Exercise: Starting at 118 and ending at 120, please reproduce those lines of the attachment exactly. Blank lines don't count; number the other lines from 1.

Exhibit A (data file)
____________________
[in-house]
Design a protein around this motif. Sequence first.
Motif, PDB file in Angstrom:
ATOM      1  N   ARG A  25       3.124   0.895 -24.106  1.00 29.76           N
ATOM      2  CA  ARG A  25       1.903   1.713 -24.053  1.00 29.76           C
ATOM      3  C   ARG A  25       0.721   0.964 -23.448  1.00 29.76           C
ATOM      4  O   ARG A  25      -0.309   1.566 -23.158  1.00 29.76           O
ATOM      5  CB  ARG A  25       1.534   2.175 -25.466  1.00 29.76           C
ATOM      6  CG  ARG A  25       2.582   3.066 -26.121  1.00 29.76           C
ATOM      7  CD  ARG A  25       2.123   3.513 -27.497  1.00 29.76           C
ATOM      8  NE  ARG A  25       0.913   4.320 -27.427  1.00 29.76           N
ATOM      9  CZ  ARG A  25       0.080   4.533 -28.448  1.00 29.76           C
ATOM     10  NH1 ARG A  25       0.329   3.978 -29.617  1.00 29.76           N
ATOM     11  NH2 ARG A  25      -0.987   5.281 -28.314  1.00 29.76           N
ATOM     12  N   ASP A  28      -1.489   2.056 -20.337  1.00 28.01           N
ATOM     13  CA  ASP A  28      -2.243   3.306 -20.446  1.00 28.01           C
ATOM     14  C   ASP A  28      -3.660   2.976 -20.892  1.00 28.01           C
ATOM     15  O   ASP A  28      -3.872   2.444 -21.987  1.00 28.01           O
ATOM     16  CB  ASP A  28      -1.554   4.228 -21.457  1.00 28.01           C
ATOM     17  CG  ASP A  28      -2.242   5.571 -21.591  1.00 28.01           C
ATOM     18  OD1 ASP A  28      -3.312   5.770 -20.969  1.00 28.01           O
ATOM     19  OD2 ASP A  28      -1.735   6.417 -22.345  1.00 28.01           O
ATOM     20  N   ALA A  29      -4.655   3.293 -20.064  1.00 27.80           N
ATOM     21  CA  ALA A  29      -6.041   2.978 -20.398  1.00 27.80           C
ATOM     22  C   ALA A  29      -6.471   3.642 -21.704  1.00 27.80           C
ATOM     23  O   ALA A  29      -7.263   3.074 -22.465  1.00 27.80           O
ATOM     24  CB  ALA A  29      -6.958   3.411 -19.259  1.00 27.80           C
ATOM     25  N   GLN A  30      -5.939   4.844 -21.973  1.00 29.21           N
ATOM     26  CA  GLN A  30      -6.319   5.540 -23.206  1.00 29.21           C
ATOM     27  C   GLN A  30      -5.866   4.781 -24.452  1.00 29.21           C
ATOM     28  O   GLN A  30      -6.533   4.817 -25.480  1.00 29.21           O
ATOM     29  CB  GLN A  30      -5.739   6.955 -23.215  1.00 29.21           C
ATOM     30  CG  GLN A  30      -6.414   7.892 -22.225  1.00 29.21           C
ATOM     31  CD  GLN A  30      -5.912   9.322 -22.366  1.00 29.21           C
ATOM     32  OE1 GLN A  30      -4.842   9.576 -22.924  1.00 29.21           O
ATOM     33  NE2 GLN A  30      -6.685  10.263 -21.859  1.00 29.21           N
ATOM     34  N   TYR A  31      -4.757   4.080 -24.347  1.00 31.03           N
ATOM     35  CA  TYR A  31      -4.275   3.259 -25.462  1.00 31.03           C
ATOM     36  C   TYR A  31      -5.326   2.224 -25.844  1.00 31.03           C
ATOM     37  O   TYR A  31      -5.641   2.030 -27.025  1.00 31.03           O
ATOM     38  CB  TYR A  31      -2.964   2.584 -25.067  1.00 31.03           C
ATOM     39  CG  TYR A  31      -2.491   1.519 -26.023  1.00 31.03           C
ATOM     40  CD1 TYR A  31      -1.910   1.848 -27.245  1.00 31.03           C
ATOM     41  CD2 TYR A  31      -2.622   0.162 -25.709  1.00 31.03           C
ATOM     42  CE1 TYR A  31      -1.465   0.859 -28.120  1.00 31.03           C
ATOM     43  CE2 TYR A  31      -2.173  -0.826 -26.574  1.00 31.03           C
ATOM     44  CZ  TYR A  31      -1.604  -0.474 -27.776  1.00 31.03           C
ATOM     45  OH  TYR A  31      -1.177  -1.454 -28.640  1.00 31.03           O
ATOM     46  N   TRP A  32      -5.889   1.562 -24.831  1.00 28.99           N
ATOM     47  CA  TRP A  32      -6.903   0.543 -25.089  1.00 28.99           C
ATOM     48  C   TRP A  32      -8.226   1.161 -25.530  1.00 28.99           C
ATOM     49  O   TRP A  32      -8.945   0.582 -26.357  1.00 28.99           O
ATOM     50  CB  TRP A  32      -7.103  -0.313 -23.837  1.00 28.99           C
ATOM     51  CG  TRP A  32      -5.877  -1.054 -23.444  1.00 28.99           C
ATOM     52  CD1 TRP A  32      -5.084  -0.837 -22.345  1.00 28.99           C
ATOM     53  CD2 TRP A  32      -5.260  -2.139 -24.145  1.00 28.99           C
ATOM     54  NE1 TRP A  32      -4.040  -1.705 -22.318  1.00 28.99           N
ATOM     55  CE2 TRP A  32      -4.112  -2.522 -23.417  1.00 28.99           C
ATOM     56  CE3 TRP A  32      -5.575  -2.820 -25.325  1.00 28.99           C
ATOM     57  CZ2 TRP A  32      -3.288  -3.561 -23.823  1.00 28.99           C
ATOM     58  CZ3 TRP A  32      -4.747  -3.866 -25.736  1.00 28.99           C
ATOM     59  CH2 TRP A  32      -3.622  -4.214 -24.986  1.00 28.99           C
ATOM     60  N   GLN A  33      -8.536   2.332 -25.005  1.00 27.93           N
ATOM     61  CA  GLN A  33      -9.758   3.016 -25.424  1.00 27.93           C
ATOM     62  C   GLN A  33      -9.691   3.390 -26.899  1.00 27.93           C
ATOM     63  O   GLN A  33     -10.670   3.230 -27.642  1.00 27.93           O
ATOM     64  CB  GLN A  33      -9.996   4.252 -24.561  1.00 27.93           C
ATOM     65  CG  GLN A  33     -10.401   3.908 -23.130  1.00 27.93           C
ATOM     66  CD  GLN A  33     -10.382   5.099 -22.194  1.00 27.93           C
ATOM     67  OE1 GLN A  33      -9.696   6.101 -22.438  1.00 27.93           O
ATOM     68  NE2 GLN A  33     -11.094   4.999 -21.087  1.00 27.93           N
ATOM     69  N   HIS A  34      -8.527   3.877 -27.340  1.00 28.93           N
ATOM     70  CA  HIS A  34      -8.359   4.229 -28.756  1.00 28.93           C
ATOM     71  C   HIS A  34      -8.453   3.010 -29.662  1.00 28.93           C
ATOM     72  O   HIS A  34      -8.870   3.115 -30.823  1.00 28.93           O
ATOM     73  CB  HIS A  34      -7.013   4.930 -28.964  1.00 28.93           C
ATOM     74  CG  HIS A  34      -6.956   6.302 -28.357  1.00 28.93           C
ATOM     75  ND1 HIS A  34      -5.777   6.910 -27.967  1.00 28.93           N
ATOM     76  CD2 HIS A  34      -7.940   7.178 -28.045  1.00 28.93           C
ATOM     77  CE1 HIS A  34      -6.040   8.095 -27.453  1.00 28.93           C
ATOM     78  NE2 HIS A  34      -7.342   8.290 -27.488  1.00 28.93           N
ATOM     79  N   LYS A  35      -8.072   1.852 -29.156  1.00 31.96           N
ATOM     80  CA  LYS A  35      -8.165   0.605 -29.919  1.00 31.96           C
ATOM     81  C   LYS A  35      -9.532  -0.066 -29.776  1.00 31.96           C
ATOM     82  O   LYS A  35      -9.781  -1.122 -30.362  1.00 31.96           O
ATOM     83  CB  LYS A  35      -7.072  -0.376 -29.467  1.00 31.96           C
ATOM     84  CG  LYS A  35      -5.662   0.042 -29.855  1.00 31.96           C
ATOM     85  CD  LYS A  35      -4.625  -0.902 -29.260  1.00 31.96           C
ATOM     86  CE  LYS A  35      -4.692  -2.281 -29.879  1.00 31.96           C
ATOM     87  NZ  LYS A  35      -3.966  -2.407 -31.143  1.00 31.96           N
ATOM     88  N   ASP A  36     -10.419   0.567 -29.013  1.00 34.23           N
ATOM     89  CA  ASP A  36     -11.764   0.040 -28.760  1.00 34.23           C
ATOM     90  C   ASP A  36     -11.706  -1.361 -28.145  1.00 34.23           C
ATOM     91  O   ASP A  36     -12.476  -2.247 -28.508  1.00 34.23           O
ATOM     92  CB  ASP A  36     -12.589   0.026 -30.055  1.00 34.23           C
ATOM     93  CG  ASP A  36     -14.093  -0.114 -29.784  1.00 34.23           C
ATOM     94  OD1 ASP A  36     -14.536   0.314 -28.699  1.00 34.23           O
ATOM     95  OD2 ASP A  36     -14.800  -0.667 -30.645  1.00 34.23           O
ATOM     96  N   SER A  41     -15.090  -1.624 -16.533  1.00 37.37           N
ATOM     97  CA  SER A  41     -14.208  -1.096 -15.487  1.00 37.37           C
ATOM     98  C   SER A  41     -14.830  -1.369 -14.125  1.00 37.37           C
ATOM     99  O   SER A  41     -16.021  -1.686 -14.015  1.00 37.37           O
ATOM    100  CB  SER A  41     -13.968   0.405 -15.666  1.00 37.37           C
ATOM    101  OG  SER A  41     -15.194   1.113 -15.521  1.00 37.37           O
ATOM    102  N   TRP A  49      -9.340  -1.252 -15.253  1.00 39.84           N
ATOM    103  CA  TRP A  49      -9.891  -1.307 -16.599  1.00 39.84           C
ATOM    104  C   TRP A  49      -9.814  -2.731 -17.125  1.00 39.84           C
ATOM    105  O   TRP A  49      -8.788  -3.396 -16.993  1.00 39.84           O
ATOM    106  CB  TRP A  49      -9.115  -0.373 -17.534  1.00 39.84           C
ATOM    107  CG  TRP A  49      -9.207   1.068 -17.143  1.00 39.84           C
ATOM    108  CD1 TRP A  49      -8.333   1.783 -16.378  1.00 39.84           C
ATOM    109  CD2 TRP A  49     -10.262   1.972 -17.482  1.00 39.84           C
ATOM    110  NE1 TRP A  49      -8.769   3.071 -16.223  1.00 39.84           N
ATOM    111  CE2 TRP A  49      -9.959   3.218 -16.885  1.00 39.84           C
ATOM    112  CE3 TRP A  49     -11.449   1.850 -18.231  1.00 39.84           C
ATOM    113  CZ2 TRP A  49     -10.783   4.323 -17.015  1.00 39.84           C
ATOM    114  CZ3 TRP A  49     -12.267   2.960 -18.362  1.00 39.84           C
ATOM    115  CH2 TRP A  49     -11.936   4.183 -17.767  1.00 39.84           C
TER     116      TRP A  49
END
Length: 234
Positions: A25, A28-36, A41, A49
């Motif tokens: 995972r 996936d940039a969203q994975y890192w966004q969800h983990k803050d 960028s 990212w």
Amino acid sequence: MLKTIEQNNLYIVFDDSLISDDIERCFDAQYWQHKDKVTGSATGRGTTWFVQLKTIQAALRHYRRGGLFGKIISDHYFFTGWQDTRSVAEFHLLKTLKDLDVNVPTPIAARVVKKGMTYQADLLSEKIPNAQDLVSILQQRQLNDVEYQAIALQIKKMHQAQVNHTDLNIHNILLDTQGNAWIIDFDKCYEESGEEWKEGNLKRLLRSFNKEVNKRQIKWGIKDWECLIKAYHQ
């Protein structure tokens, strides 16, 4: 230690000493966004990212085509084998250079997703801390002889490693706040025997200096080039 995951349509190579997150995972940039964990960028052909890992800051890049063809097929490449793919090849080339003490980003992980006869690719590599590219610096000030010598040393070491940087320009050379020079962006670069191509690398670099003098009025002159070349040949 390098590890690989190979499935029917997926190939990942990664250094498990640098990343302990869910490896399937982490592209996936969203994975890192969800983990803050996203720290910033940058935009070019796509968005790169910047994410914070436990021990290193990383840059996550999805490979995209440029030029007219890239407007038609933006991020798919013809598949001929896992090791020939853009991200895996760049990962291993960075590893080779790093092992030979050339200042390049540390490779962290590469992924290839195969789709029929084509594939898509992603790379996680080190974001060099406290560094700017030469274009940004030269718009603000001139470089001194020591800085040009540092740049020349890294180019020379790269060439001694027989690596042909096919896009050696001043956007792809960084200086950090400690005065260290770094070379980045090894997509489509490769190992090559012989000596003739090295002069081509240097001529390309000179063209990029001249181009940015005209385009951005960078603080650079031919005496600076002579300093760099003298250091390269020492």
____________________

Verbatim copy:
ATOM    115  CH2 TRP A  49     -11.936   4.183 -17.767  1.00 39.84           C
TER     116      TRP A  49
END